Thursday, May 6, 2010

Why exempting some end-user derivative transactions from central clearing is a bad idea

According to Wallace T. Turbeville, "the ‘end user’ exception that would exempt certain businesses from mandatory clearing of transactions is not the right path for financial reform." In this post on New Deal 2.0 her explains why:

Banks that trade with end users often agree to forgo collateral within set limits. Banks have finite amounts of potential credit exposure to companies and can deploy this capacity by making conventional loans. Alternatively, it can deploy this capacity by carrying risk in derivatives trades with that company. It is well known that using the capacity in connection with trades is far more profitable for banks than lending.

On the surface, it appears illogical for an end user to agree to transact a derivative that is not collateralized. A company could always use its credit capacity with its bank to borrow money to fund the collateral requirements. The effect on available credit capacity should be the same. If banks make more money by packaging the credit extension with the derivative, the all-in cost to the company must, by definition, be higher than separating the credit from the derivative by borrowing to fund collateral.

Similar logic applies to end users’ non-bank counterparts. These parties also extend credit if collateral is foregone, but an end user can only borrow so much and still maintain its credit standing. Unless the counterpart is mispricing the transaction, it will charge for the extension of credit. In theory, the end user should be indifferent about whether it borrows money to post collateral or transacts with the agreement that collateral will be foregone.

These are simple examples. In reality, there are very complex and costly arrangements which enable companies to transact without posted collateral.

Based on all of this, why do end users resist requirements to collateralize so strenuously? Remember that the cost is not the amount of collateral; the collateral is returned if there is no default. The cost is the difference between the cost of borrowing the funds used as collateral and the investment return on the collateral while it is posted.

One reason for resistance is convenience and avoiding operating expense. However, many end users trade on cleared exchanges as well as in bi-lateral markets, so the processes for collateralization are familiar. This suggests that additional factors enter into their motives.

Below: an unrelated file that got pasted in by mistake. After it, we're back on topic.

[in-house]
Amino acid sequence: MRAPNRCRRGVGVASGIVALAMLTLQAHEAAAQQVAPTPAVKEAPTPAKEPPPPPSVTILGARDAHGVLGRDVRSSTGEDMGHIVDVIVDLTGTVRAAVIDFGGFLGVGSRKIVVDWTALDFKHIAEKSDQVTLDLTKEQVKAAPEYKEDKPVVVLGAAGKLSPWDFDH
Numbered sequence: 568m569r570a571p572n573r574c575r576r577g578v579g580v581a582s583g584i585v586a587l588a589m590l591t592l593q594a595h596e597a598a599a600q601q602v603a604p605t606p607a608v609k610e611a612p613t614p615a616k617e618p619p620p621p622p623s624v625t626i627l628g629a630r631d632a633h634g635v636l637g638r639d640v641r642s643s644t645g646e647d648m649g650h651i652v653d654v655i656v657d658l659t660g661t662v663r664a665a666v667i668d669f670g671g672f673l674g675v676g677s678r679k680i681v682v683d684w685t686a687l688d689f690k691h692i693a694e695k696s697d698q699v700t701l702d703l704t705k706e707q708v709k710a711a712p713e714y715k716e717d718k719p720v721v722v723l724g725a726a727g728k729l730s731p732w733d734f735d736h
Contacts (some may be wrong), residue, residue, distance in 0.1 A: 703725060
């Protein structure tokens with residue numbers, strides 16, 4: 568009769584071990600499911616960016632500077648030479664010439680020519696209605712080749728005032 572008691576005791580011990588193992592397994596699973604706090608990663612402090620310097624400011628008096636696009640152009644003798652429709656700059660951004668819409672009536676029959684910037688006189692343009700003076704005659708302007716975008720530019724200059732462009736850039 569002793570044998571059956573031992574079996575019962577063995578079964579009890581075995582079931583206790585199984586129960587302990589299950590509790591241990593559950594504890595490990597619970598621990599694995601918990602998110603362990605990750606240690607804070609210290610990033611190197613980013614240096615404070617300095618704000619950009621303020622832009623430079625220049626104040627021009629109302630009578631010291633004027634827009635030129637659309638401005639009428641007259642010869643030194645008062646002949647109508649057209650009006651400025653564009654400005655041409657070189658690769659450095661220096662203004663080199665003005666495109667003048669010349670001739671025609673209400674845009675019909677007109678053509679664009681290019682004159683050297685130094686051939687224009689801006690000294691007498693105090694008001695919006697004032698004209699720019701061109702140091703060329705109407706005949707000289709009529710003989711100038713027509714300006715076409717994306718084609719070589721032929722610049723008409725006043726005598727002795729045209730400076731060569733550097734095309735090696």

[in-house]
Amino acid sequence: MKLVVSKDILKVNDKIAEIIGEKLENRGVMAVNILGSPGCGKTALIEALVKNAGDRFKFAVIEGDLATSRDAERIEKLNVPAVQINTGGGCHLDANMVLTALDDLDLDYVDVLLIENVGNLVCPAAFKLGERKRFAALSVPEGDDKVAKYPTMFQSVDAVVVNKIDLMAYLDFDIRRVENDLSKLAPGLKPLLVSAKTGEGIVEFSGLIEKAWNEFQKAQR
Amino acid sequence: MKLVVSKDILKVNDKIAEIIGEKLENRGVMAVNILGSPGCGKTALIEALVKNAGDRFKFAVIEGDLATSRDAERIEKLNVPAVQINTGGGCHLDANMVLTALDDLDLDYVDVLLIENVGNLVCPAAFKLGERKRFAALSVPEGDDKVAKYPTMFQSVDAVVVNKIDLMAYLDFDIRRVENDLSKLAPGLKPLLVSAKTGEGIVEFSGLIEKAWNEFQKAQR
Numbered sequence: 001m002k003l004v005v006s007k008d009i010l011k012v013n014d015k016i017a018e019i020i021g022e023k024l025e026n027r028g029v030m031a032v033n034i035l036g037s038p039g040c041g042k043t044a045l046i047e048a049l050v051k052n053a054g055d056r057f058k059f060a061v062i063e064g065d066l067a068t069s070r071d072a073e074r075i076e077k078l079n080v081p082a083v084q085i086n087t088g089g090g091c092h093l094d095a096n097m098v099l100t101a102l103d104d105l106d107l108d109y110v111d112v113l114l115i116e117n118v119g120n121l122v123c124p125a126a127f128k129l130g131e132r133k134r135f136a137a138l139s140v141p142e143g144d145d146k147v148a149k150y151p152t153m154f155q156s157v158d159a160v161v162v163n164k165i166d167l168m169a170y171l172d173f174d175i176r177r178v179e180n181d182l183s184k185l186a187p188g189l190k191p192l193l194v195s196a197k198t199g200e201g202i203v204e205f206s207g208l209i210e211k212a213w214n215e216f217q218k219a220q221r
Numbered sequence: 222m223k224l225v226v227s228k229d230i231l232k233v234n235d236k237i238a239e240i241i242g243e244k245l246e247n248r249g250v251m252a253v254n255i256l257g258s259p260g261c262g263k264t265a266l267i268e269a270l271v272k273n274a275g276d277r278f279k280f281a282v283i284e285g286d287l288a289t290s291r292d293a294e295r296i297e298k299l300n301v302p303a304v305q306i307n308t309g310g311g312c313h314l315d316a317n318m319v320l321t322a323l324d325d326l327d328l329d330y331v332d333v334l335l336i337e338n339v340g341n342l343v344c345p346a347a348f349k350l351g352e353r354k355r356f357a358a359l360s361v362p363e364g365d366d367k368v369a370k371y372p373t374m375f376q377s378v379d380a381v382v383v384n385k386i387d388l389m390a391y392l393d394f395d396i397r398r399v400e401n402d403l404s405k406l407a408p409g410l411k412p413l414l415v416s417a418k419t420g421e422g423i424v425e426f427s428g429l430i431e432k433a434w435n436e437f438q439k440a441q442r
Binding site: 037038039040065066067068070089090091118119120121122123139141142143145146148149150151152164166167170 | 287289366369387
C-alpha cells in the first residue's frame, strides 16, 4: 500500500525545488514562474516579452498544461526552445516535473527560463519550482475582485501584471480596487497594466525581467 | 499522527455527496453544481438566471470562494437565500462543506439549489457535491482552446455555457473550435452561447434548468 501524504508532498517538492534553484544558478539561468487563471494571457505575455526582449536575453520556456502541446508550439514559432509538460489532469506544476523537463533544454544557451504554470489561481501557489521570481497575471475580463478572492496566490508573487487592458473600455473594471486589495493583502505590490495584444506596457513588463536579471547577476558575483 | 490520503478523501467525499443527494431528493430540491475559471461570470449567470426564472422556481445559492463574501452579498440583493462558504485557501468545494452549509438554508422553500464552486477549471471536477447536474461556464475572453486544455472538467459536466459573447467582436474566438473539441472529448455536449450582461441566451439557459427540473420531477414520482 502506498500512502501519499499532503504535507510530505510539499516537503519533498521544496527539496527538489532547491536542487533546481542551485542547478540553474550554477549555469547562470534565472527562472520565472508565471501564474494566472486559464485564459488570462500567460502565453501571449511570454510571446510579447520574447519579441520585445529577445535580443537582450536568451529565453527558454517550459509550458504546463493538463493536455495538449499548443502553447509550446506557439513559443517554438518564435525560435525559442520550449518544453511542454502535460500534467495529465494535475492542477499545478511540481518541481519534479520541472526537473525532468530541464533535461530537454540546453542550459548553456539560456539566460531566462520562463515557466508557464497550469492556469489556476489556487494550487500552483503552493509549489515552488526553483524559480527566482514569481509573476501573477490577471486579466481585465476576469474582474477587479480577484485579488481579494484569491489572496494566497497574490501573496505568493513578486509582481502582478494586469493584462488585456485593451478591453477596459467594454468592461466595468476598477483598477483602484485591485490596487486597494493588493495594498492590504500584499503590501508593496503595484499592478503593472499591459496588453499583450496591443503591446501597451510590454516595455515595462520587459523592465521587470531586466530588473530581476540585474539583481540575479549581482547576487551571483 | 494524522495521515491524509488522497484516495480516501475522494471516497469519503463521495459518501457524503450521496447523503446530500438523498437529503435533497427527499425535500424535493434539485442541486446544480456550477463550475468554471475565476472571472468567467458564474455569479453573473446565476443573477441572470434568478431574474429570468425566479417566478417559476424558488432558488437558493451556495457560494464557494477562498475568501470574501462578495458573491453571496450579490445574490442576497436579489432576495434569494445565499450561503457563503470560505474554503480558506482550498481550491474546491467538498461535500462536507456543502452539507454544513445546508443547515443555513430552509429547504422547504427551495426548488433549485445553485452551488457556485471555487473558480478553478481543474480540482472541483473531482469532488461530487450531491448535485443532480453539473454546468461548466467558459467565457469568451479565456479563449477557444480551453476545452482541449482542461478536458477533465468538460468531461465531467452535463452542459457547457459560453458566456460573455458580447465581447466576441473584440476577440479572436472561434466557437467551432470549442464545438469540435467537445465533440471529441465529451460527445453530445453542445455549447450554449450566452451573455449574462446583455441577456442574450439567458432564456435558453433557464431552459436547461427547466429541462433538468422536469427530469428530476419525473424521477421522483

It may be more productive to focus on factors other than costs. Companies that use derivatives to hedge their business risks receive advantageous treatment under accounting rules. Current hedge accounting rules provide that price movements that change values as described above are not recorded as profit or loss. The theory is that the value of the derivative and the value of the hedged item are inversely related.

While this rule makes sense, it does not make sense to ignore the embedded debt (in the form of foregone collateral) in a derivative. Simply stated

• the financial statements of a company that borrows money from a bank to post collateral on a derivative should look the same as

• the financial statements of a company that has an agreement with a counter party to forgo posting collateral.

While I have not reviewed the accounting treatment of every end user and every arrangement, it is certain that in a number of situations, foregone collateral credit arrangements are not treated as balance sheet debt. It may be that these transactions are misunderstood. It would be unfortunate if the end user exemption became a mechanism for continuing this practice.

This is far from trivial. Most agreements to forgo collateral require immediate funding of collateral if adverse credit events occur. It becomes a demand loan-a loan that can be called for repayment at any time. This can cause a liquidity crisis at the very time that the company is most vulnerable, resulting in a death spiral. Such events have occurred several times in the past. After the Enron meltdown, the ratings agencies responded by trying to measure the risk of a liquidity crisis resulting from this phenomenon, but it is difficult to craft general rules to measure the risk. The problem continues and periodically threatens the marketplace.

These arrangements are pervasive in the market. A line graph representing bi-lateral credit exposures in certain markets would look like a plate of spaghetti with a multitude of credit arrangements. What a challenge for the credit officers and legal teams for each of these companies to make sense of it all!

Finally, financial institutions almost never post collateral to end users. The end users simply do not have the market power to demand it. But that’s alright. After all, is there any risk that a financial institution like Lehman would ever go into default?

Avoiding an accounting exemption is very appealing. But perhaps the better way to address this is to encourage efficient, third party systems, short of full on clearing, to track these exposures and to facilitate efficient collateral funding in bi-lateral transactions. The simple exemption for end users in financial regulation does not encourage the development of such a system. It ignores a troubling practice which need not burden the marketplace.

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